In order to meet the diverse needs of TechHire grant participants, there should naturally be a dynamic relationship between workforce development system partners, community colleges, and community based organizations. However, there is often times a gap between the “as is” state and the “future state.”
To address this gap, TechHire grantees recently participated in a peer learning call that highlighted strategies to strengthen the relationship between these partners. During the call, we heard from two featured Tech Hire grantees, Waukesha-Ozaukee-Washington Workforce Development Board, Inc. (WOW) and UAW-Labor Employment and Training Center (LETC), both of which highlighted effective strategies from their unique vantage point.
TechHire Success in Partnership Collaboration
Laura Catherman of WOW provided an example that described the roles of the partners as a “friendly competition” among Local Workforce Development Boards (LWDB), which manage several TechHire grants across the region. The LWDBs liaise with industry groups in their respective geography; they also convene multiple employers across industries in the region. The LWDBs also collaborate on participant referrals, which use community base mailing, social media, and co-location in American Job Centers. According to WOW, the keys to this strong collaborative has been effective leadership, a practice of building off each partner’s strengths, as well as transparency, accountability, and meeting the regional economy’s needs.
Anthony Susarrey from UAW-LETC shared that their business engagement work is led by both public and private training providers. In advanced manufacturing, the community college has engaged industry in curriculum modification. UAW recently expanded their work into IT, ramping up recruitment efforts that include posting flyers, direct outreach, and recruitment at job fairs. As for participant referrals, partners have defined when and how to play a role with an eye toward avoiding duplication with other agencies. UAW-LETC has found that ongoing dialogue is critical to ensure that referral placement and retention strategies are complementary.
Ideas for Achieving Collaborative Competition among Partners
Following these examples, there was a robust discussion among grantees about ideas for advancing the work through “collaborative competition,” which included:
- Creating an ecosystem to support industry’s needs: identify what each partner does well and build on these strengths;
- Formalizing the partner relationships through agreements like MOUs that clearly define roles and responsibilities of the partners, including businesses;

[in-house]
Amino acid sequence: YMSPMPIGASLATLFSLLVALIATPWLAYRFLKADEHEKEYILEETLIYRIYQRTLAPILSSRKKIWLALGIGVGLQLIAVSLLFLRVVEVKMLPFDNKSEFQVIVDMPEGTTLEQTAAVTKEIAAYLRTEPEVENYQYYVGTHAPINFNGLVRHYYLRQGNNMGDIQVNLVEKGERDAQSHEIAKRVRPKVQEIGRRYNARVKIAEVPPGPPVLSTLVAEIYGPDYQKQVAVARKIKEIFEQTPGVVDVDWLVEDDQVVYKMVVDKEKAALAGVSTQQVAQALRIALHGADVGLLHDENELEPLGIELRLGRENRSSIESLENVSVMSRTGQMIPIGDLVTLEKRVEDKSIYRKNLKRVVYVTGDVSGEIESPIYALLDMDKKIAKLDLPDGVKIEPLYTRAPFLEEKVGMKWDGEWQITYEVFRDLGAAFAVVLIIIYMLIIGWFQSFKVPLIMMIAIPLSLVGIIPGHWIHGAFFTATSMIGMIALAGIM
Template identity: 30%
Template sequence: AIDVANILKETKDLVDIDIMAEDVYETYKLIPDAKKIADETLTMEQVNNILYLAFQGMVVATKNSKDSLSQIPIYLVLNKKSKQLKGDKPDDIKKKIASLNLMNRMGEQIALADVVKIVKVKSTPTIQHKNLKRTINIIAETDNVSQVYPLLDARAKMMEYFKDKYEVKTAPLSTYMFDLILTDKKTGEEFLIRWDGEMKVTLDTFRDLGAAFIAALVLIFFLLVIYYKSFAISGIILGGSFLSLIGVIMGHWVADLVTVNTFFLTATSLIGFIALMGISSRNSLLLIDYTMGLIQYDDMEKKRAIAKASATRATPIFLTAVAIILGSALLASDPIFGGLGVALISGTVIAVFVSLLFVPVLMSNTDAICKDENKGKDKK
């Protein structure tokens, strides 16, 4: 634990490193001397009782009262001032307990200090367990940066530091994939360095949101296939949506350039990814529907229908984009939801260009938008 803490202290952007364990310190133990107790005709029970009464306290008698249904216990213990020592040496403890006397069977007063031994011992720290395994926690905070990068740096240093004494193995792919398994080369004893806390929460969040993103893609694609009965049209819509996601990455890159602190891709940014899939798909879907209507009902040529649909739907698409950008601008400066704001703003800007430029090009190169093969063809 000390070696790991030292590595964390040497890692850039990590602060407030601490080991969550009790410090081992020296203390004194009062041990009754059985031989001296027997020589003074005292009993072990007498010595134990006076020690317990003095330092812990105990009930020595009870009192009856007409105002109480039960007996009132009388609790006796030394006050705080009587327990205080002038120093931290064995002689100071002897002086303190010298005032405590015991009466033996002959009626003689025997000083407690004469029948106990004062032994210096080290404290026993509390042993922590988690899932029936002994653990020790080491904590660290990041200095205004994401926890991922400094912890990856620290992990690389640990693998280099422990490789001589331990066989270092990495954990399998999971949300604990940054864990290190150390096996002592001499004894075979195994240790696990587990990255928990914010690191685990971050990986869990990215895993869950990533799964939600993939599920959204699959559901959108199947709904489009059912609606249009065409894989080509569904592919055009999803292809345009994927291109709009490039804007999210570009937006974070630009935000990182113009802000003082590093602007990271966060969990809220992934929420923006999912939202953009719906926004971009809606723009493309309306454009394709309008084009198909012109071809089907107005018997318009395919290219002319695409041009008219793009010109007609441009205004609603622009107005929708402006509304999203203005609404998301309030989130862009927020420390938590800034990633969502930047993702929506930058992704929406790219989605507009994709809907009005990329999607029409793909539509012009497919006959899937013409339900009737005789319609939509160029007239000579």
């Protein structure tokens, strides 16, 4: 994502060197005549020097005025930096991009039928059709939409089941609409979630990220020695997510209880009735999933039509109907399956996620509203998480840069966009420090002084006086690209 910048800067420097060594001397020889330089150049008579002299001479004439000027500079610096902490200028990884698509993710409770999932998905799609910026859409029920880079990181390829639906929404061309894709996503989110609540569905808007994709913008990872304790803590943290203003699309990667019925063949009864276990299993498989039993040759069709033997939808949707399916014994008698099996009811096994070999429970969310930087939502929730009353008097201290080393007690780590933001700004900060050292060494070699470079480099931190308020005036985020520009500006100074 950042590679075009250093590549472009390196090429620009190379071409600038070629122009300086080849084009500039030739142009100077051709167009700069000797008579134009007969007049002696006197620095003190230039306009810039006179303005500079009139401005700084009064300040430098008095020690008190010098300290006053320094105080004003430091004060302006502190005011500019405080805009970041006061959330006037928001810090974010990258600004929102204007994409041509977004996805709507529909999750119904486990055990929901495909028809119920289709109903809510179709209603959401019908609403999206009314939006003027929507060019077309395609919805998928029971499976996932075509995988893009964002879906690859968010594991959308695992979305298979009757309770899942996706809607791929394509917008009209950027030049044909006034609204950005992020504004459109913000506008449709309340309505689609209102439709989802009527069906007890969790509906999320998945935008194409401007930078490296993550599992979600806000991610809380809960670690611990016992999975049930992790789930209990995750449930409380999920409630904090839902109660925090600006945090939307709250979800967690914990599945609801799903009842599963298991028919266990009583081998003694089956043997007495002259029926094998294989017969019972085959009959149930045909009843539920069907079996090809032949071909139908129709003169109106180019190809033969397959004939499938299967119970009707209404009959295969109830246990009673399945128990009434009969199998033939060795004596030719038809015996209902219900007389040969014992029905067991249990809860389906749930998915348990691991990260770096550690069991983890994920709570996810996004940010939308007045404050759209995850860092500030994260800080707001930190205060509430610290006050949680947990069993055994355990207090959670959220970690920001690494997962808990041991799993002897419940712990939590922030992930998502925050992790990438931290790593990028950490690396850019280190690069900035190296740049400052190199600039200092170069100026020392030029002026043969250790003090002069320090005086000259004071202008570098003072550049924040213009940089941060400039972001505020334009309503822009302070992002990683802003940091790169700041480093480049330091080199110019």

- Taking a unified approach to business engagement with a single Point of Contact for businesses;
- Building a work-based learning support structure including OJT and internships;
- Engaging staff at the direct service level in American Job Centers involved in outreach efforts to individuals with a criminal record and other subpopulations; and
- Providing in-service training to partners so that they understand the TechHire grant and identifying opportunities to add value to the system.
Shared Values and Shared Strategy in the Kentucky Workforce System
I saw some of these approaches in action during my time in the Kentucky workforce system. One specific example where workforce, economic development, and community college partners came together is the Kentucky Skills Network, which addressed requests from Kentucky businesses through a single point of contact to meet their talent pipeline needs. These partners brought together local and state workforce development organizations to streamline the approach to assisting businesses in recruiting top talent, training new and existing employees, and developing a workforce to support state and regional sector work. Ten regional business services teams were developed, based on Local Workforce Development Areas, they provided regular training on program services, consultative sales, etc. One team went from reaching and assisting 500 businesses a year to 5,000 businesses. This effort also led to the retooling of Kentucky Bluegrass State Skills Corporation funding and Kentucky Community and Technical College System Trains funding prioritizing those projects that align with state and regional sectors and preparing individual customers in critical career pathways and to support thriving regional economies.
When partners start with the customer in mind—both the business and the individual customer—a set of shared values, service strategy, and outcomes arise. Partners need to then meet each other where they are so that they can contribute to meeting needs and/or complement those of another partner most effectively. The key is to understand and be understood and then - and only then - can the partnership flourish in a competitive collaboration and move closer to the “future state” they envision.